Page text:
Over the past decade, as stocks sprang back from lows reached after the financial crisis and major indexes repeatedly hit new record highs, investors seemed to face few concerns. But as the economy reaches the later stages of its cycle, a wave of concerns are now weighing on investors as they try to decide where to invest next. In a recent report titled “Where to Invest Now,” Goldman Sachs provides conservative market expectations amid these growing troubles, including rising trade tensions, falling manufacturing growth and rising input costs. 

6 Concerns of Investors

 1. Domestic Politics Uncertainty   Staff turnover, elections, and special counsel investigation 
 2. International Relations   Protectionism and tariffs
 3. Economy  Decelerating manufacturing and service sector growth
 4. Inflation  Rising labor and commodity prices
 5. Interest Rates  Hawkish Fed continues monetary tightening
 6. Regulation/De-Regulation  Data privacy regulation risks

Weighty Fears

With an end-of-year target level of 2,850 for the S&P 500, Goldman does not see much upside left for the latter half of the year. With the S&P 500 only up 4.6% since the beginning of January, that target level leaves only another 1.9% potential rise for the next six months, a 6.5% overall return for the year. Such tepid expectations are the result of an investing climate weighed down by several fears.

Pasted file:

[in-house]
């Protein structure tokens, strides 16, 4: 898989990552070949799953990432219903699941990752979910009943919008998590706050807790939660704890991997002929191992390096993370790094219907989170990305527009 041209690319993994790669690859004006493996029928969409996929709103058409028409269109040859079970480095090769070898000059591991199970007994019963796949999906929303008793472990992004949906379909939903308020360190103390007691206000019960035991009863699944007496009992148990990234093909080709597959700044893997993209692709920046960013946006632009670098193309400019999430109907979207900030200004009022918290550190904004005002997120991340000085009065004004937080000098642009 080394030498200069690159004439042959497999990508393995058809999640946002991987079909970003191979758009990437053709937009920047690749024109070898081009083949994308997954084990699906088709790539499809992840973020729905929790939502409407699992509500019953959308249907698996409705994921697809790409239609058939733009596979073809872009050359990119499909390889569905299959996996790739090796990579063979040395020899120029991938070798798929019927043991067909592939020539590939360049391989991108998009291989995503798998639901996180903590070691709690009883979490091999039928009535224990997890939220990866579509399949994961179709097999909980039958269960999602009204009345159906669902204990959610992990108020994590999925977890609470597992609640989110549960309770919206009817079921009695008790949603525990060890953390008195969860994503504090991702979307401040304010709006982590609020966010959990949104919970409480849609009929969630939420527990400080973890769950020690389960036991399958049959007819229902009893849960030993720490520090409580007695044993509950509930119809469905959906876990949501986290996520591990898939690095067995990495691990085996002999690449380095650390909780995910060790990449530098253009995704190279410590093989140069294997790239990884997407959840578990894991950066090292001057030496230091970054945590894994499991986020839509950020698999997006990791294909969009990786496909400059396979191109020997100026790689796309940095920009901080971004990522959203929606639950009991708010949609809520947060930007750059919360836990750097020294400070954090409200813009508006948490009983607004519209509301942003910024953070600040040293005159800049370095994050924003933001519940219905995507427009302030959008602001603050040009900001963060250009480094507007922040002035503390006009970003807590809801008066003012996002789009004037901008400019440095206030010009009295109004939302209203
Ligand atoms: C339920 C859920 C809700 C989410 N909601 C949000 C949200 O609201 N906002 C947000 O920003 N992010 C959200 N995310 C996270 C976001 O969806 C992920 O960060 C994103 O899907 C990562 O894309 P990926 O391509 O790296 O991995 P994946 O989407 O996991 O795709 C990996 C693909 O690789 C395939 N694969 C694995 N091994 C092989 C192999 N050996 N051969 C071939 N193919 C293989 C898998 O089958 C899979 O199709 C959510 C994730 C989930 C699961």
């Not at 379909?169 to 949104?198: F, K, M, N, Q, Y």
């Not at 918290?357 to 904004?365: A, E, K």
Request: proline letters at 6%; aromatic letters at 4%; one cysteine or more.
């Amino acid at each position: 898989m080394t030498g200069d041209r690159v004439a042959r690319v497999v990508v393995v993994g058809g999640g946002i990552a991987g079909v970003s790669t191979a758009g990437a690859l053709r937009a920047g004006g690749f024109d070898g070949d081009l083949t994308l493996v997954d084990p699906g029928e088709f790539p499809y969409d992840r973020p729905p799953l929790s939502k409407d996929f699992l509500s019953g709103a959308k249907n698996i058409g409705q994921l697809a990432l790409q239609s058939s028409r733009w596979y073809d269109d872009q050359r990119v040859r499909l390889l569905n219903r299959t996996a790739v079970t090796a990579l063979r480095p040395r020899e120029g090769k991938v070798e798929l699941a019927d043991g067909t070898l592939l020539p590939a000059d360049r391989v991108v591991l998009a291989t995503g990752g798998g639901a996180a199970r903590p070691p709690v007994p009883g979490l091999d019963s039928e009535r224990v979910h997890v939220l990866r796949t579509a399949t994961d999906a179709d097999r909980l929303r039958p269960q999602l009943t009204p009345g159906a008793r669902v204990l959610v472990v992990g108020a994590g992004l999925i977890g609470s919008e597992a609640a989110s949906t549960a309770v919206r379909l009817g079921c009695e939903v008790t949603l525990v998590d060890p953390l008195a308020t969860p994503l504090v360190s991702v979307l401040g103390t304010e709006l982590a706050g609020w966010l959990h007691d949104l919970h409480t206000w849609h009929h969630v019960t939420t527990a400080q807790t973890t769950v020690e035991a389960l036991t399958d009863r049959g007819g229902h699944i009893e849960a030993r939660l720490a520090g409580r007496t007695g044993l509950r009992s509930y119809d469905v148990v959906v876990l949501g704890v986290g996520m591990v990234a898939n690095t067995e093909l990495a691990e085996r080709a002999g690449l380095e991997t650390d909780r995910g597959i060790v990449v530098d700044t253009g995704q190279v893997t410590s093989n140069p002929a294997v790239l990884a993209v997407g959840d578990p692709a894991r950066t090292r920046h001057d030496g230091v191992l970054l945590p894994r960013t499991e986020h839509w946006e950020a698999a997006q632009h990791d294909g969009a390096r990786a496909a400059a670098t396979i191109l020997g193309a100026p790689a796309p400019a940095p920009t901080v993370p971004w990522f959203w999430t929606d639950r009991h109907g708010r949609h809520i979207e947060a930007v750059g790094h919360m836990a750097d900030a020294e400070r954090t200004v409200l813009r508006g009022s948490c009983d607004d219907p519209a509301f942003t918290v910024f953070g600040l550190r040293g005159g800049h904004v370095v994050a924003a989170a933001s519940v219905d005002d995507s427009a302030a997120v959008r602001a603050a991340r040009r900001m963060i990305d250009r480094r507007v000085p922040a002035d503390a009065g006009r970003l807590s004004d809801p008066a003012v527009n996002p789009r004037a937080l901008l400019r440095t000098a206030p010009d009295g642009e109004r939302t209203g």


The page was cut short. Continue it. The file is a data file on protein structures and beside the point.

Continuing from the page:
In the sphere of U.S. politics, worries over senior staff turnover, the possibility of Democrats re-taking the House, and the ongoing Special Counsel investigation have all raised policy uncertainty. The threat of protectionism and tariffs has added to that uncertainty. (To read more, see: Trade War Could Tip US Into Full Recession: BofA.)

Rising input costs, in the form of higher wages, higher commodity prices rise and rising borrowing costs due to higher interest rates, are putting a squeeze on profit margins. Regulatory concerns, like those related to data privacy, also threaten to impose higher costs on firms. When the profitability outlook weakens, firms begin to hold off on new investment, especially in an environment of rising rates. The Purchasing Managers Index (PMI) shows decelerating growth in both the manufacturing and service sectors.

These concerns are weighing on expectations despite certain reasons to be optimistic, including beneficial tax-reform, health care and infrastructure legislation, some surveys indicating an improving economy, still relatively low inflation, and a Fed that is still relatively accommodative.

Where to Invest as Growth Slows

While Goldman Sachs still sees relatively strong earnings per share (EPS) growth for the rest of the year, ten out of the eleven sectors in the S&P 500 will see that growth decline in 2019, with Consumer Staples being the only sector where EPS growth will remain constant. The worst slowdowns are expected in the Energy, Financials, Telecom Services, and Materials sectors. (To read more, see: Bull Market Seen Ending in 2019 After Fiscal ‘Sugar Rush’.)

Amid this earnings slowdown, the bank expects stocks with the fastest revenue growth to outperform, and companies with strong balance sheets immune to rising interest rates will perform better than highly leveraged firms. Also, companies with lower labor costs will perform better as wages rise.